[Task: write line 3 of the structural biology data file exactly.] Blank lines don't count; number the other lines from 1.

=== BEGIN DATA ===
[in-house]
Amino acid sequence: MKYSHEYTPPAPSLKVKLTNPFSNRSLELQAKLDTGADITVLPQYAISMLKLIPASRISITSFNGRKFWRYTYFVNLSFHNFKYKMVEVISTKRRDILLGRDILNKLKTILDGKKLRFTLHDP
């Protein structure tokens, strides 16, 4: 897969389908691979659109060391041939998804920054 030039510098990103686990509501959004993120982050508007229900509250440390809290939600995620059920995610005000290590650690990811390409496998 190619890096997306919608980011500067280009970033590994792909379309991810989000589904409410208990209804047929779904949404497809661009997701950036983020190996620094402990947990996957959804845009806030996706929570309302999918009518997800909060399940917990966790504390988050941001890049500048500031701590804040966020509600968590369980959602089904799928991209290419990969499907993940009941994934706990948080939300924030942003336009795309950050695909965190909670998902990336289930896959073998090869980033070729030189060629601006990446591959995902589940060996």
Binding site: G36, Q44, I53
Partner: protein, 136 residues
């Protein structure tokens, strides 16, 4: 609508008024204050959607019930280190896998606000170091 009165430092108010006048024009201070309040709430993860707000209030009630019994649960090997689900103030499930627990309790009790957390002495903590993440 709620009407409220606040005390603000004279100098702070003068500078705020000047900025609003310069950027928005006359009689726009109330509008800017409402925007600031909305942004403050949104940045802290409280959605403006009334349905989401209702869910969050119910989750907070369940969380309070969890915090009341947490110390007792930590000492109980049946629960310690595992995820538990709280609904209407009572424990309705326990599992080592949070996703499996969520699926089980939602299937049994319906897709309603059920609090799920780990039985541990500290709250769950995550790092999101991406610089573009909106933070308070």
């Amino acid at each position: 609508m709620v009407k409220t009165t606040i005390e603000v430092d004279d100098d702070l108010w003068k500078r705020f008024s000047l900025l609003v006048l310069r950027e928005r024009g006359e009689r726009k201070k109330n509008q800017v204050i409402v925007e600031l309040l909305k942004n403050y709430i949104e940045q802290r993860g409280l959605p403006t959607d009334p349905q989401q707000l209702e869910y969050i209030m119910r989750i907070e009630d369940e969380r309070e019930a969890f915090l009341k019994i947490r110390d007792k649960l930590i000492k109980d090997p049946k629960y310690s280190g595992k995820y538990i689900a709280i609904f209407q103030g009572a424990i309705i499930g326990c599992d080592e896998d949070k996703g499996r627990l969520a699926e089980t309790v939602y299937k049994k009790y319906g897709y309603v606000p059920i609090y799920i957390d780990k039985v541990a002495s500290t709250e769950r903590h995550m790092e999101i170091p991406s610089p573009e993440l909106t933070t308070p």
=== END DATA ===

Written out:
């Protein structure tokens, strides 16, 4: 897969389908691979659109060391041939998804920054 030039510098990103686990509501959004993120982050508007229900509250440390809290939600995620059920995610005000290590650690990811390409496998 190619890096997306919608980011500067280009970033590994792909379309991810989000589904409410208990209804047929779904949404497809661009997701950036983020190996620094402990947990996957959804845009806030996706929570309302999918009518997800909060399940917990966790504390988050941001890049500048500031701590804040966020509600968590369980959602089904799928991209290419990969499907993940009941994934706990948080939300924030942003336009795309950050695909965190909670998902990336289930896959073998090869980033070729030189060629601006990446591959995902589940060996």